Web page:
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Written by Adrian Leeds® and Published by the Adrian Leeds Group®

Monday, September 18, 2017 • Paris, France

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Welcome to your home in Paris. Home is how you will feel in a private apartment in Paris that has the "seal of approval" from ALG, Paris Sharing and me, Adrian Leeds.

Adrian Leeds Group Apartments - Les Beaux-Arts

Les Beaux-Arts

15th Arrondissement, Two-bedroom, Sleeps up to 4

"Les Beaux-Arts" is an exquisite apartment that will suit both the art connoisseur or anyone who appreciates a sophisticated, artistic touch to interior design. The apartment offers a contemporary, yet classically elegant Parisian style that includes luxurious fabrics, designer furniture as well as French antique pieces. It is the art collection that makes the this apartment truly unique...and the artworks are for sale! The collection, put together by the apartment’s art collector/dealer owners, includes pieces by some of the finest contemporary European artists.

Visit Adrian Leeds Group Apartments to view our full selection of rental apartments or email [email protected] for more information.

FREE one-hour consultation! Guests of the Adrian Leeds Group Apartments who are considering the purchase of their own "pied-à-terre" for pleasure and profit, can take advantage of a free one-hour consultation while enjoying the apartment in the City of Light or on the Riviera. Simply complete the request form to book your consultation.

Dear Parler Paris Reader,


The tickets were purchased six months ago and it's a good thing -- because there wasn't one seat available Saturday night in the 2,800 seat auditorium of the Grand Rex Theater to hear Eckhart Tolle expound on the power of the present moment. I'd never had the occasion to attend an event at the Rex before, noted for its sumptuous decor (that is seriously faded and in need of a refurbishment), but it's the largest cinema theater in all of Europe, boasts of a 300 square meter screen and considered to be a landmark of art deco architecture.

The Grand Rex, ParisThe Grand Rex, Paris

Eckhart TolleEckhart Tolle

Olympic Win CelebrationOlympic Win Celebration

Craig Carlson (by Linda Hervieux)Craig Carlson (by Linda Hervieux)

Paris Mayor Anne Hidalgo (Photo by AFP Photo/Francois Guillot)Paris Mayor Anne Hidalgo (Photo by AFP Photo/Francois Guillot)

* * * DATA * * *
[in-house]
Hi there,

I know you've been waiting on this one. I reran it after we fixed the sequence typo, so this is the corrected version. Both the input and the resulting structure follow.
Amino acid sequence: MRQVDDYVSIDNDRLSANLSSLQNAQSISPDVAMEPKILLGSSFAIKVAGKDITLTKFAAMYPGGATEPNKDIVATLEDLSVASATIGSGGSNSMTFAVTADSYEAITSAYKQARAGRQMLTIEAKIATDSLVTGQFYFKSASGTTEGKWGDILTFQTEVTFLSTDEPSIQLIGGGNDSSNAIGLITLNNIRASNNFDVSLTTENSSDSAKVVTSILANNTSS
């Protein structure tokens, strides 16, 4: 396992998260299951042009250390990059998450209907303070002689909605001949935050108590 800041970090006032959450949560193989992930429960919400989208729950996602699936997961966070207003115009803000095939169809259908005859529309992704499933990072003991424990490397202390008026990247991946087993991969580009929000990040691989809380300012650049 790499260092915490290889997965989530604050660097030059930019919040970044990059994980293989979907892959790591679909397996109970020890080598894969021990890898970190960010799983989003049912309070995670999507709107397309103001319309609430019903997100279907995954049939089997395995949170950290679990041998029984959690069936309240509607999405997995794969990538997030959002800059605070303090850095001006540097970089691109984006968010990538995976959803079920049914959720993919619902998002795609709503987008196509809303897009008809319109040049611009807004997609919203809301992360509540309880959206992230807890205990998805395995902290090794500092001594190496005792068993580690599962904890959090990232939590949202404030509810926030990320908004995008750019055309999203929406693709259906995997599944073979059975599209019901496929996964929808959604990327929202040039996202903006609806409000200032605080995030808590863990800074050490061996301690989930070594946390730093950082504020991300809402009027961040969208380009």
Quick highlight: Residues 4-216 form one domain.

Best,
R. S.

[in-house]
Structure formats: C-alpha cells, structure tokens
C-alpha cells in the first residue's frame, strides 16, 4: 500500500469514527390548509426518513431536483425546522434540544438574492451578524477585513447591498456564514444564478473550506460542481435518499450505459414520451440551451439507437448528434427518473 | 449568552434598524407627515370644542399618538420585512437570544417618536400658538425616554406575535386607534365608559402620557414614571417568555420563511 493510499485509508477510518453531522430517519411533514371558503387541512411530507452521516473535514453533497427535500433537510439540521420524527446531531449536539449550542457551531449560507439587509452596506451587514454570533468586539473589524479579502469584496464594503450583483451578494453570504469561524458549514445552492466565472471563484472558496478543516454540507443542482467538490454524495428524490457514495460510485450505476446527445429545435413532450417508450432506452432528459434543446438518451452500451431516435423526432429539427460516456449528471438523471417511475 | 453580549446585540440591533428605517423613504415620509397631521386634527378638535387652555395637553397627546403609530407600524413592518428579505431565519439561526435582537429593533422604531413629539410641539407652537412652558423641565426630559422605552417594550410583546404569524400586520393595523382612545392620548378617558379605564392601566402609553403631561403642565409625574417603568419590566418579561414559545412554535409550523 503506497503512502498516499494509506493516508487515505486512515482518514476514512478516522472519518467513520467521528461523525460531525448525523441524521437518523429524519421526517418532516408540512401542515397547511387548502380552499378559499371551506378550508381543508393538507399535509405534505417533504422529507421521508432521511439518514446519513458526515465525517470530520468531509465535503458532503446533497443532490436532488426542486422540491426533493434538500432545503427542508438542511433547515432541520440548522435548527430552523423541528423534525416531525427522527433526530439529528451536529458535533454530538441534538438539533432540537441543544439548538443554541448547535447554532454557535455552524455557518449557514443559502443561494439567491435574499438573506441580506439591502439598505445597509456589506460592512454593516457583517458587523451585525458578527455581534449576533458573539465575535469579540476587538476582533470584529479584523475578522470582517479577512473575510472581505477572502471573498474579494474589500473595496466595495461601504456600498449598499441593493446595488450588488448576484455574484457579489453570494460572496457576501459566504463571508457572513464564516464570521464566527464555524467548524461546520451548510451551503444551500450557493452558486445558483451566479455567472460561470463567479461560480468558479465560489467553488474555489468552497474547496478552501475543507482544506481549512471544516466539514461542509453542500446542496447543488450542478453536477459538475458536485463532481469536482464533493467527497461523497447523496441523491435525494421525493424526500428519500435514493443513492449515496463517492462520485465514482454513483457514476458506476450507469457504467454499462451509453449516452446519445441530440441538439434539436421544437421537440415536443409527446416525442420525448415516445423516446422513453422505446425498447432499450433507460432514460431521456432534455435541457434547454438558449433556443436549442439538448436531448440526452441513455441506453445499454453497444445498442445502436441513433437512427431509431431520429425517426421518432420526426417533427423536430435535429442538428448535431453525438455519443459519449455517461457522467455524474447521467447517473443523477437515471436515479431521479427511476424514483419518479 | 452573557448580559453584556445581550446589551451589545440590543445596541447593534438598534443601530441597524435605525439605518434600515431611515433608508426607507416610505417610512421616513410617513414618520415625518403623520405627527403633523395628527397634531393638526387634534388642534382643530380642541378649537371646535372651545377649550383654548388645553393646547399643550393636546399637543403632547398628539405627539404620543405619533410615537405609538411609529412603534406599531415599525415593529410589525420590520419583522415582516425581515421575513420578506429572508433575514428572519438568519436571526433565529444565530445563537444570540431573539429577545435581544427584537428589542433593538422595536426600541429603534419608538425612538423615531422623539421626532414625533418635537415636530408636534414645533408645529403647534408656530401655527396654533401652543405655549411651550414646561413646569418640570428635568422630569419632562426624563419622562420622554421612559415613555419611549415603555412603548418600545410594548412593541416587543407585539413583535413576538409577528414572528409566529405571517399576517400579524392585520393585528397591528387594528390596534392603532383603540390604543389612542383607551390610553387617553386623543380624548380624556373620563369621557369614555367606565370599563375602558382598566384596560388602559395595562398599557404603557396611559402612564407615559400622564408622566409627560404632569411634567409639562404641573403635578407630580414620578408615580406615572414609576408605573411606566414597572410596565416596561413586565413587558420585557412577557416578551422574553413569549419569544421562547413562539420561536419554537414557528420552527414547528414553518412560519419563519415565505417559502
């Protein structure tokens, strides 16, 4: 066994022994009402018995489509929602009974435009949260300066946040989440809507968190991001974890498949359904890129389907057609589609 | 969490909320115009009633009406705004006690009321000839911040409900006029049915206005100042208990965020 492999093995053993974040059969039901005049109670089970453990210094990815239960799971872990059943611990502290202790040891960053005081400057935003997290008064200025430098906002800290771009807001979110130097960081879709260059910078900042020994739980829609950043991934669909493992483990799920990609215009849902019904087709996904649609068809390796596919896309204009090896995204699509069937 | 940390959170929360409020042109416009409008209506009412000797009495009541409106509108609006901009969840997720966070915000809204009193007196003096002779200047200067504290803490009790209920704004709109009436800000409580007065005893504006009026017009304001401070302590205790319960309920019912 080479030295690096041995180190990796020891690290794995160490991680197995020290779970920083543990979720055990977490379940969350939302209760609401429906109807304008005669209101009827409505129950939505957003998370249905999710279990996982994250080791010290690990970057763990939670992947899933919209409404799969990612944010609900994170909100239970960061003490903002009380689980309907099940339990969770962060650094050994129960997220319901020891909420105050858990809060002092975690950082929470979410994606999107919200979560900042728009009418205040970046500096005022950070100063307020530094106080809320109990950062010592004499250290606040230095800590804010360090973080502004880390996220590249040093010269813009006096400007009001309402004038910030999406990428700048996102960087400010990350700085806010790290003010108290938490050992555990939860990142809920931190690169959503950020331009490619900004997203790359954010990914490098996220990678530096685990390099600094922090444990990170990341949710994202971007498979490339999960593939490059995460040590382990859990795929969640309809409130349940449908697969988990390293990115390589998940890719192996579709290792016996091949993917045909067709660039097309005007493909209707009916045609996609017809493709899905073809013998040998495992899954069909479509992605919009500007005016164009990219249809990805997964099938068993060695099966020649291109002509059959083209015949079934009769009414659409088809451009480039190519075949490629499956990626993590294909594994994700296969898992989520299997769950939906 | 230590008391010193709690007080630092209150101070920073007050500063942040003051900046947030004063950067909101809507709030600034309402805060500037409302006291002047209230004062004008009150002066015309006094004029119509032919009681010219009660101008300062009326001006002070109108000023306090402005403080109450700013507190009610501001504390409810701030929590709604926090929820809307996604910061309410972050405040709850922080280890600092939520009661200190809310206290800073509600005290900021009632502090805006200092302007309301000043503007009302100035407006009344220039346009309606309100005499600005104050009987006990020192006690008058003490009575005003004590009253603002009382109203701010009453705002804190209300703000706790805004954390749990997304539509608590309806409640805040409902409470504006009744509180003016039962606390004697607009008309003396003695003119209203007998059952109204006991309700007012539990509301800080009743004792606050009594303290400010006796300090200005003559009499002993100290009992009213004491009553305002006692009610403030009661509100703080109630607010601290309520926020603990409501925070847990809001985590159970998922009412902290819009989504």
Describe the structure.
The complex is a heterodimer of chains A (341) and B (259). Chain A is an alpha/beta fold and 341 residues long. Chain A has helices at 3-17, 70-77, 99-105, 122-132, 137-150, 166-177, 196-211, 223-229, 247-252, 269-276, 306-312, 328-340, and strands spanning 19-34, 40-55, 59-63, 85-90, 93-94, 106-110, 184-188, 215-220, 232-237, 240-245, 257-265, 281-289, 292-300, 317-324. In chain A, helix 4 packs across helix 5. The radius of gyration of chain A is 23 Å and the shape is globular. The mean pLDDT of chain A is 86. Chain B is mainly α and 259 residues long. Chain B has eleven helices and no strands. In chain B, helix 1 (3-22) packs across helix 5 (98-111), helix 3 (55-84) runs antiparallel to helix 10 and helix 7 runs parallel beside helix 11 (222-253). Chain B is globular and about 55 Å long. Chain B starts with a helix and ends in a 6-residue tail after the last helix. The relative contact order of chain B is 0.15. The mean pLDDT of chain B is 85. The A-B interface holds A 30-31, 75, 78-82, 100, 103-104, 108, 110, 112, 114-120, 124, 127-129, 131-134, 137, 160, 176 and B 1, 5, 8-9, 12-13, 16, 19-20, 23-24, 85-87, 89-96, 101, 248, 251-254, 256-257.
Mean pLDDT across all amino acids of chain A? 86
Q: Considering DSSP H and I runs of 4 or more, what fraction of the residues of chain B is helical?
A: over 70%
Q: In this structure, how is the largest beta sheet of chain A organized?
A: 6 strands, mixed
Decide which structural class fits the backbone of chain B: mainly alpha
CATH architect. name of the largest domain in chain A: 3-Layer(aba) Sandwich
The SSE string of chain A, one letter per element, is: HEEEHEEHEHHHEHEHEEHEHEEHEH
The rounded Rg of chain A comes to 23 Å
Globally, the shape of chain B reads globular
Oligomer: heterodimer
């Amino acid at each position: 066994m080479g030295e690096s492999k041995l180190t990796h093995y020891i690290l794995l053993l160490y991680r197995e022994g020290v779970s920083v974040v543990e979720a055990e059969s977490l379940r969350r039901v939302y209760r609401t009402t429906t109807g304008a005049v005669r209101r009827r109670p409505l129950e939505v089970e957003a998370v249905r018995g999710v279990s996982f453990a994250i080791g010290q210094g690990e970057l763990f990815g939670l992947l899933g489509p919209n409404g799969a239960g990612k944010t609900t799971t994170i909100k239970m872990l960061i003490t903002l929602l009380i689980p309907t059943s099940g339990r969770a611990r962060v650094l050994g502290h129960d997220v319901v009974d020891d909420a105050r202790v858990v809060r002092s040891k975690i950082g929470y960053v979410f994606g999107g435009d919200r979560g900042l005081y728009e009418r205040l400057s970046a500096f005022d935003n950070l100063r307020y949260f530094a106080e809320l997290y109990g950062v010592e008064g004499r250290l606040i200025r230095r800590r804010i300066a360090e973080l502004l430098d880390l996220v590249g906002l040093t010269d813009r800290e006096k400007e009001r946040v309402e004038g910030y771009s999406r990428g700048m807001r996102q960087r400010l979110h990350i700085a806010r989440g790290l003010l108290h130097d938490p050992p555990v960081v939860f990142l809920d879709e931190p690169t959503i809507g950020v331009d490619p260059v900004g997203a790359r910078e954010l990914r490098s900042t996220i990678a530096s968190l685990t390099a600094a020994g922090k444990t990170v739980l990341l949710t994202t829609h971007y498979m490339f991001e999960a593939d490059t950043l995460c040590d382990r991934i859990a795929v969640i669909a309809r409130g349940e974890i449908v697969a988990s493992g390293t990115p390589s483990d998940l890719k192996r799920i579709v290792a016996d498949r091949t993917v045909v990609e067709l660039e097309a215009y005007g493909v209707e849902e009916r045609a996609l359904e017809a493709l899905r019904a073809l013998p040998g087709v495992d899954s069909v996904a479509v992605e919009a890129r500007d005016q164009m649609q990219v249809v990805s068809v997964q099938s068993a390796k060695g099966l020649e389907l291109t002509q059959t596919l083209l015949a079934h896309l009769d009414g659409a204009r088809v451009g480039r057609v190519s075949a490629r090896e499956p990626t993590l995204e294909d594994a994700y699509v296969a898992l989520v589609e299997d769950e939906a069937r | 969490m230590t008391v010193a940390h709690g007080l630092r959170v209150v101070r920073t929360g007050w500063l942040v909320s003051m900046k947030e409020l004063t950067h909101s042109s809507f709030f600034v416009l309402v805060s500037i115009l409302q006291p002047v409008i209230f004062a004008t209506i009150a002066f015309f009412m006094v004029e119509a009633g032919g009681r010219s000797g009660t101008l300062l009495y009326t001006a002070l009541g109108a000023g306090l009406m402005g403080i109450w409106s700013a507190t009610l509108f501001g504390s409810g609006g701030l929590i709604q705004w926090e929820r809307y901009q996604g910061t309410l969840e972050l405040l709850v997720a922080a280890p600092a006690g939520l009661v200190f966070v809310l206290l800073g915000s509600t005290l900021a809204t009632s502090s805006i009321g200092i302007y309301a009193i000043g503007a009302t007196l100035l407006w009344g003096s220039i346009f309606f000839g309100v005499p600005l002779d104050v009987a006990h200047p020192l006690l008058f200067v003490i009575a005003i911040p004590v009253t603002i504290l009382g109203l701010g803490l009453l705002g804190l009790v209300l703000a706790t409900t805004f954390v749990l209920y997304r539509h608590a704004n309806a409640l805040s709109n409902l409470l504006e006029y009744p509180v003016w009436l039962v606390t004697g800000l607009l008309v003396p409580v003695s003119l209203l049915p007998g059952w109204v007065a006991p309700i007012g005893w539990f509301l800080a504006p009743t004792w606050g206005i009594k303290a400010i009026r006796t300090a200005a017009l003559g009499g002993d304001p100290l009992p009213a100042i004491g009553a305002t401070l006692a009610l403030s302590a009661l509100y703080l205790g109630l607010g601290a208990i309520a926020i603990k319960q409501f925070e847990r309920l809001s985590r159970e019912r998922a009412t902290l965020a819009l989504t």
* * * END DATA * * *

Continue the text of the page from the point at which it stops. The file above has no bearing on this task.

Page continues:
Paris Olympics - NBC News

Le Musée Cognacq-Jay, Paris

Quid Novi Choral GroupThe Quid Novi Choral Group

Le Musée Cognacq-Jay, ParisLe Musée Cognacq-Jay, Paris

Portrait of Marie-Emilie Baudouin at the Musée Cognacq-Jay by François Boucher, the Subject's FatherPortrait of Marie-Emilie Baudouin at the Musée Cognacq-Jay by François Boucher, the Subject's Father

Tolle is every bit as important to the landscape as is the theater. If you don't know who he is, then I will emphatically say, you should. There are those who would argue that he is one of the greatest philosophers of the 21st century, me being among them. No one person has changed my life more profoundly than Eckhart Tolle.

Tolle wrote "The Power of Now: A Guide to Spiritual Enlightenment," "A New Earth: Awakening to your Life's purpose" and "Stillness Speaks," plus others he co-authored. It was his first time to speak to a Paris (in English with translation in French), although I had heard him speak two years ago in London and subscribe to his many videos.

Tolle spoke for well over two hours extemporaneously without taking a sip of water. The audience was mesmerized by his words and his manner of speaking, which is a variation of hypnotic. Rather than giving a talk on "The Power of Now 101," assuming the audience was unfamiliar with his philosophies and that most were already quite familiar with his ideas of living in the present moment, while others had been invited there to be enlightened for the first time, he took one tiny thread of the massive topic and followed it to completion: presence and the ego self.

He talked about the story of Narcissus, the Greek hunter who was known for his beauty and fell in love with his own reflection, so much so that he lost the will to live...and how we can learn from this myth. Tolle is quoted as saying: "In the egoic state, your sense of self, your identity, is derived from your thinking mind - in other words, what your mind tells you about yourself: the storyline of you, the memories, the expectations, all the thoughts that go through your head continuously and the emotions that reflect those thoughts. All those things make up your sense of self." He went on to talk about awareness of the ego: "Whenever there is negativity in you, if you can be aware in that moment that there is something in you that takes pleasure in it or believes it has a useful purpose, you are becoming aware of the ego directly. The moment this happens your identity has shifted from ego to awareness. This means the ego is shrinking and awareness is growing."

Tolle's books are "reading assignments" to all of my clients who are about to take the leap into a life in France, and frightened of the outcome. "As you become comfortable with uncertainty, infinite possibilities open up in your life. It means fear is no longer a dominant factor in what you do and no longer prevents you from taking action to initiate change."

When will he be back in Paris? Good question. But start now to learn more -- and maybe it will enlighten you as much as it has me and millions of others. To give you more of an idea of what we heard him say Saturday night, visit